Rev. Mahlon Sisty
Picture courtesy of Joseph DiPaolo.
By June of 1860, Mahlon and his three children, Martha, John and Ann, had moved to Philadelphia. Interestingly,
Philadelphia was also the home of Mahlon’s uncle, the Rev. John Sisty, a well-known Baptist Preacher and owner
of a successful pocket book manufacturing facility in the city. Rev. John Sisty died in 1863, but Mahlon, no
doubt, kept in touch with his numerous cousins in the Philadelphia area.
In 1870, Mahlon was living in Philadelphia with his second wife Annie C. Hellings, 30, their son Walter C., 4, and
daughter Alice, 2. Of the children of his first marriage, Martha and John had married and were living on their own,
and 19-year-old Anna was living with her grandmother Beans in Montgomery County.
In June 1875, Mahlon participated in a large Methodist camp meeting at Fernwood Grove
outside of Philadelphia.
Mahlon H. Sisty was elected to the Borough Council of Langhorne, Bucks County, Pennsylvania in 1879.
An article in the Sacramento Daily Union on 13 September 1879 under “General Notes” describes an
encounter between Spiritualists and Methodists in Langhorne, PA. When the Spiritualists sought an
affiliation with the Methodists, and after examining the Spiritualist's declaration of principles,
Rev. Sisty declared "This settles the question of our affiliation with you. You have no Christ, no
atonement, no repentance, no new birth, no judgment, no hell. You allow every man to think as he pleases,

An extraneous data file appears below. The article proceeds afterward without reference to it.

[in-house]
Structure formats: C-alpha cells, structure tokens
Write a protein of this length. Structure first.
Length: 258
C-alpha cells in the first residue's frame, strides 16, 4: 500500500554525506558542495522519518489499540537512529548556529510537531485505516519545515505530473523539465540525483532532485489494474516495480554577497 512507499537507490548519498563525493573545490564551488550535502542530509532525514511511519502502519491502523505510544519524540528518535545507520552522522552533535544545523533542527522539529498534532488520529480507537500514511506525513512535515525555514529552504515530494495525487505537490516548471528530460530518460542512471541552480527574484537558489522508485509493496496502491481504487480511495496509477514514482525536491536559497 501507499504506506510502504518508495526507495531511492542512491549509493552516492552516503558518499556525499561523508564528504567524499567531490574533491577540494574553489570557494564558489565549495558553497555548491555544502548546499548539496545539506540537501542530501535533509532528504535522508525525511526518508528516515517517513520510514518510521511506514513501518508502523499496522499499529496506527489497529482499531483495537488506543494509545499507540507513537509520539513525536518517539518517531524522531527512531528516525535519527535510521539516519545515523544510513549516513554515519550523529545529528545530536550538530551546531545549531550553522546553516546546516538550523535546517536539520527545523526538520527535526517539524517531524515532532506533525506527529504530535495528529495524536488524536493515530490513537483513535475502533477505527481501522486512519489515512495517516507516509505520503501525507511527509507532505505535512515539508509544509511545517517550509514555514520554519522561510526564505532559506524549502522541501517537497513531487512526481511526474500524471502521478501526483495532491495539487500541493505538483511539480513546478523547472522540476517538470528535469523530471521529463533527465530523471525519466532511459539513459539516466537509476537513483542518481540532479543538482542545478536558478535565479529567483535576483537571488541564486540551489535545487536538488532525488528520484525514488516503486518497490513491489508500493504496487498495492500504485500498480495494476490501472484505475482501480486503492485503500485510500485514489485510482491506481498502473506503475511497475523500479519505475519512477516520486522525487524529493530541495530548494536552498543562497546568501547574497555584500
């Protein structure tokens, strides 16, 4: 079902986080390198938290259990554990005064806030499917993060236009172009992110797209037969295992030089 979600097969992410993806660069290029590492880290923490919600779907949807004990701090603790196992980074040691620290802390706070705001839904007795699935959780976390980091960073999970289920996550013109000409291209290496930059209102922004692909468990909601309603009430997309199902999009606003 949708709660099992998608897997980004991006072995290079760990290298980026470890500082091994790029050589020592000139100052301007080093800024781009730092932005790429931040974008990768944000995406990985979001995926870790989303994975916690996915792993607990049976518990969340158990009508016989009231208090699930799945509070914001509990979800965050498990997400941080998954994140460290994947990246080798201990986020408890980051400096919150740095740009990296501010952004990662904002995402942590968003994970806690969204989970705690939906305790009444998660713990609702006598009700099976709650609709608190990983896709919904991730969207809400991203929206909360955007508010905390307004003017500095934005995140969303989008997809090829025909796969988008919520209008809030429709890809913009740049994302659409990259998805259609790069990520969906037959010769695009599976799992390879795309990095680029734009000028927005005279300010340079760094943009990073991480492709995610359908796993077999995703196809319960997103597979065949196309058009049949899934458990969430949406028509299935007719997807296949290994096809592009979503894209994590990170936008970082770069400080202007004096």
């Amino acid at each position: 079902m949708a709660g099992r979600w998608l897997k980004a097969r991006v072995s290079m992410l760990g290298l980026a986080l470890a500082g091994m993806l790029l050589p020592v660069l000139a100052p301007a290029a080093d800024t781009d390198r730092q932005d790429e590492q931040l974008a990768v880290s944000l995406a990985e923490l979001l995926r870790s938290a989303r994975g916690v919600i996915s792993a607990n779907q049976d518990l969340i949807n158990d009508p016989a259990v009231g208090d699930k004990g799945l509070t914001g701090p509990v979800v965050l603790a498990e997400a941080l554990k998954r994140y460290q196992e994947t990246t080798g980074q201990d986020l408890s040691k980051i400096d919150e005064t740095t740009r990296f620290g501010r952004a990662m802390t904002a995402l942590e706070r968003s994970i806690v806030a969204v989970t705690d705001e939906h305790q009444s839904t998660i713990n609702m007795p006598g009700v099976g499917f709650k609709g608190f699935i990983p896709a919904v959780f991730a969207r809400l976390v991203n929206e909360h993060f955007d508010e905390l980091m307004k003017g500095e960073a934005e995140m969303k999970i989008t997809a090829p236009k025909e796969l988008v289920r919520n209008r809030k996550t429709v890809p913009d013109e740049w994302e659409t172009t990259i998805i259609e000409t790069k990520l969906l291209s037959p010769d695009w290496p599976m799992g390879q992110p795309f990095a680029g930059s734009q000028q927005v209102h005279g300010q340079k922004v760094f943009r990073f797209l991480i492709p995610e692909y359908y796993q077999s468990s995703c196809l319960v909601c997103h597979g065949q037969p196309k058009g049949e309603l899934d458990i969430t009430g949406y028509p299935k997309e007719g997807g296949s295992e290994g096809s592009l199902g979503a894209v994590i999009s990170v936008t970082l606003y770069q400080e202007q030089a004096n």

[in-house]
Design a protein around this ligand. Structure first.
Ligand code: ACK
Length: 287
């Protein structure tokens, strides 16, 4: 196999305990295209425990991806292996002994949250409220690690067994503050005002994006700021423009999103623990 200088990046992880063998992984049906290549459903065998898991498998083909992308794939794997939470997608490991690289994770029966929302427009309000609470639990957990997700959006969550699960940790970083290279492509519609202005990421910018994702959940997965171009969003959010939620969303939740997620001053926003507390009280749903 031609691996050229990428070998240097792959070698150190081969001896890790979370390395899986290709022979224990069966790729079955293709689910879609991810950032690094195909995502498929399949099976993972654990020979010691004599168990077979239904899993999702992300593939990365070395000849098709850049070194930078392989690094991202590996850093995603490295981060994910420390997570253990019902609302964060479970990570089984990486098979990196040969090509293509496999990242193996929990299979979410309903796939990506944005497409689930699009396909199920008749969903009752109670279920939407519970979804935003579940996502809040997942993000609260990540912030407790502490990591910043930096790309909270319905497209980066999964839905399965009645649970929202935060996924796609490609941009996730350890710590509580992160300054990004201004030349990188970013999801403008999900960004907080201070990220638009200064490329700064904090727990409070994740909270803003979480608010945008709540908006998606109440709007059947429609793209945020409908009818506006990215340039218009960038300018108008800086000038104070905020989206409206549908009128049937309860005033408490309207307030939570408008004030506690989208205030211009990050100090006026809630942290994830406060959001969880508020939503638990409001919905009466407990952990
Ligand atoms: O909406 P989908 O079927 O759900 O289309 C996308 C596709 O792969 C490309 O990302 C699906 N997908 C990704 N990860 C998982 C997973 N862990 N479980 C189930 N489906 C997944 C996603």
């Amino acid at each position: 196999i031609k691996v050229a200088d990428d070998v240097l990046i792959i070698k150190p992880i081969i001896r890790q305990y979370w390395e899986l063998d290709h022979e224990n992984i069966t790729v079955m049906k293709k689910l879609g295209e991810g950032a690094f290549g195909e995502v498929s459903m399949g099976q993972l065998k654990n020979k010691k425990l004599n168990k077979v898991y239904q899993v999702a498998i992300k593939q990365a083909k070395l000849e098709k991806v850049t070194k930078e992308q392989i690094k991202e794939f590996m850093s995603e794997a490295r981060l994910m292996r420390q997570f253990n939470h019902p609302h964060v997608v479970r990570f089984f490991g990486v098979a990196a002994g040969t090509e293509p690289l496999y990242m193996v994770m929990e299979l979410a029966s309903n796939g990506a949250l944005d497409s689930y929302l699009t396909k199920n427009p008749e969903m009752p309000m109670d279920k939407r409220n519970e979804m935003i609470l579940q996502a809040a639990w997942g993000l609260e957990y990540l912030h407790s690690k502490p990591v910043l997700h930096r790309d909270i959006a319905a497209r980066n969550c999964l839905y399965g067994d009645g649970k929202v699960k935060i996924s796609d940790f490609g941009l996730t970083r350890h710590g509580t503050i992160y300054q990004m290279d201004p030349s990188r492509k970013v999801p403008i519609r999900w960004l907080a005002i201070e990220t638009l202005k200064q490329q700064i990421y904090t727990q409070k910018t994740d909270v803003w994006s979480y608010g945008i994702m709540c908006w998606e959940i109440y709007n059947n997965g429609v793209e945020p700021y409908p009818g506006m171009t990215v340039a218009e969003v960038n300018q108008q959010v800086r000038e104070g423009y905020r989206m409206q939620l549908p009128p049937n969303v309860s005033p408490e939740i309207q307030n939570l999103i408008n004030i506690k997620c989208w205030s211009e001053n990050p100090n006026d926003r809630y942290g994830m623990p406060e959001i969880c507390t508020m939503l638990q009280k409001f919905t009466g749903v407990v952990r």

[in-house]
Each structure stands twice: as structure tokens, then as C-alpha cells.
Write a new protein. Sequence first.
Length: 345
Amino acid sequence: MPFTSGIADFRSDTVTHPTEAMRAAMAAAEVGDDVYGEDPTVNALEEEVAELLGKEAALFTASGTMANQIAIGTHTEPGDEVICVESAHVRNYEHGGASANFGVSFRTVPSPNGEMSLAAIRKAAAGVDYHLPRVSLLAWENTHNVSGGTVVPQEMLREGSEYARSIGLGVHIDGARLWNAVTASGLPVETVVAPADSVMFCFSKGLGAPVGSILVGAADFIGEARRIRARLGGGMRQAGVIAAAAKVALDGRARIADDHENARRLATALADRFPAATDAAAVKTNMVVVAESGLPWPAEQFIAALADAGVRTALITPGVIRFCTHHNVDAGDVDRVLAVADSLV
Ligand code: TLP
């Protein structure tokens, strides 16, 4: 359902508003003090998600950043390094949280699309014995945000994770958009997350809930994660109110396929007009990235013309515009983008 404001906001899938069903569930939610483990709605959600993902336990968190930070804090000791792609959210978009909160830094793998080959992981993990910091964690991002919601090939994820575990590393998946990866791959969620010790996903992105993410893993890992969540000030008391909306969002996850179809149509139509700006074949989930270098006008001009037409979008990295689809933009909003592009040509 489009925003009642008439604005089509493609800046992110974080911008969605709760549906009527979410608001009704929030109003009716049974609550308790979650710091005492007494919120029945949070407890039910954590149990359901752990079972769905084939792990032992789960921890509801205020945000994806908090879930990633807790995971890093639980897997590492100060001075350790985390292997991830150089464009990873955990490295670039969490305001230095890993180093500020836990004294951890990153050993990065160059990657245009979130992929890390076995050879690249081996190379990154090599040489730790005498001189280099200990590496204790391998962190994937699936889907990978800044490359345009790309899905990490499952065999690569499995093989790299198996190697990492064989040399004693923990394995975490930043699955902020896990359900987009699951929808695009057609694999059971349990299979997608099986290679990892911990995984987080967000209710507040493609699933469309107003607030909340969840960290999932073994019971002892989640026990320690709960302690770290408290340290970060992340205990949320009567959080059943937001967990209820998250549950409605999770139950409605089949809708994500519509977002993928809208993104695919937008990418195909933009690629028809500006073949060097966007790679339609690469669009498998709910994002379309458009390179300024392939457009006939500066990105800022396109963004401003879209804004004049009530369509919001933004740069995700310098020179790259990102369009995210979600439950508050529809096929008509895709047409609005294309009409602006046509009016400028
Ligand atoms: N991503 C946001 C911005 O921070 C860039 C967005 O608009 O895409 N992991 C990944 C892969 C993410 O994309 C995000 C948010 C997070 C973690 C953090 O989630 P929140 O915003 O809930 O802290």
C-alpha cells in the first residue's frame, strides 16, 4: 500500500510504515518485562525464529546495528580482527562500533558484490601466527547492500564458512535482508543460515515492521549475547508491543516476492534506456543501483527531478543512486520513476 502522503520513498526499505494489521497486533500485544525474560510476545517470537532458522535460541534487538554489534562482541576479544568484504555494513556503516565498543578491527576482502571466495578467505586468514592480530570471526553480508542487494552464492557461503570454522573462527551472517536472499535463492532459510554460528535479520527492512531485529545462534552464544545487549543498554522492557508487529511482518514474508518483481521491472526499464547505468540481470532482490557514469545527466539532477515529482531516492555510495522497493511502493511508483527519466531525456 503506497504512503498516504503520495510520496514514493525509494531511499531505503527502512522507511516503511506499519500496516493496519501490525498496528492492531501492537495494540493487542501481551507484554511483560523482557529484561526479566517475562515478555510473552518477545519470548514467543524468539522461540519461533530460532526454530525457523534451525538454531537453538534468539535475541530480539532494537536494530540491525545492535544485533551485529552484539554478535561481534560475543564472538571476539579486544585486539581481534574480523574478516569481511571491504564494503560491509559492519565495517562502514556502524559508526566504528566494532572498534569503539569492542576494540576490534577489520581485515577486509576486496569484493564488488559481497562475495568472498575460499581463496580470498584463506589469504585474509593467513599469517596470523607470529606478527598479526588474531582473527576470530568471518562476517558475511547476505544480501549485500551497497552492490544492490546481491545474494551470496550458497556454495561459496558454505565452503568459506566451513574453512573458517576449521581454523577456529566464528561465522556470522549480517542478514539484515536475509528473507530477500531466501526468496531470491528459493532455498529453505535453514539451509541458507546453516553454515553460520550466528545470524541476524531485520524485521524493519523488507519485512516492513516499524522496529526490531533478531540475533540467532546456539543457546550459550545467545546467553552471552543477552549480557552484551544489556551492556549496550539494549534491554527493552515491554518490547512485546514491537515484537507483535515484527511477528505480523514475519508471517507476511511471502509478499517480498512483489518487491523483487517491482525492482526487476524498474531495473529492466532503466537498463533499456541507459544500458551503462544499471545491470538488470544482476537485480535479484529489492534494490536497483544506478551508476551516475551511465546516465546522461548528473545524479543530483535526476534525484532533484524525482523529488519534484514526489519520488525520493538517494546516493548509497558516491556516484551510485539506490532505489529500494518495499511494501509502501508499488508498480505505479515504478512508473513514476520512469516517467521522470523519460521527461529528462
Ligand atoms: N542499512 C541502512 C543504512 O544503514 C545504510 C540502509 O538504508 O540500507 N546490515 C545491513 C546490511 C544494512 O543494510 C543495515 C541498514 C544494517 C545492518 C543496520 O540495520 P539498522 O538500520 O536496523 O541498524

to act as he pleases. No; we have no place for such as you."
In 1880, Mahlon was living in Langhorne with his wife Annie C., son Walter, daughter Alice, mother-in-law Phebe Hellings
and two servants.
The following obituary appeared in the March 1900 edition of the Official Journal and Year Book of the Philadelphia Annual
Conference of the Methodist Episcopal Church:
Rev. Mahlon H. Sisty
Mahlon Hicks Sisty was born at Salem, Luzerne County, Pennsylvania December 17th, 1815, and died at Dunellen, New Jersey,
February 7th 1900. His parents were Christians and early directed his feet towards the Divine testimonies. When
fourteen years of age he was converted to God and united with the Methodist Episcopal Church at Berwick, Columbia County,
Pennsylvania. When fifteen years of age he entered upon the career of a printer, working in the office of his brother,
Amos Sisty, then editor and proprietor of the Mauch Chunk “Courier,” Mauch Chunk, Pennsylvania.
In 1838 he resigned his position, which he had held for eight years, and, heeding what he regarded as the call of God,
accepted the relation of junior preacher on the Bustleton Charge, to which he was appointed by the Presiding Elder, the
Rev. James Smith.
In 1839 he was admitted on trial in the Philadelphia Conference, and appointed junior preacher on Doylestown and Allentown
Mission. In 1840 and 1841 he was preacher in charge of Wesley Chapel and Fairmount in Philadelphia. In 1842, because of
impaired health, he sustained the relation of a supernumerary preacher. In 1843 he was in charge of Cherry Valley
circuit; in 1844 and 1845 he was in charge of Richmond Circuit; in 1846 and 1847 he was at Germantown; in 1848, at
Lehman’s Chapel; in 1849 and 1850, Stroudsburg; 1851 and 1852, Newtown; 1853 and 1854, Bristol; 1855 and 1856, First
Church, Norristown; 1857, Broad Street, Philadelphia; 1858 and 1859, Front Street; 1860 and 1861, Siloam, Philadelphia;
1862, Canadensis; 1863 and 1864, New Castle, Delaware; 1865, Lebanon; 1866, 1867 and 1868, Siloam, a second term; 1869
and 1870, Scott Church; 1871, 1872 and 1873, Darby; 1874, 1875 and 1876, Front Street, a second term; 1877, Aramingo;
1878, Yardley; 1879, Lanhorne; 1882, 1883 and 1884, Emilie and Fallsington.
In 1885, after forty-six years of effective service – one year under the Presiding Elder and forty-five in the Conference
– his relation was changed to that of supernumerary preacher, and in 1888, at his own request, his name was placed on the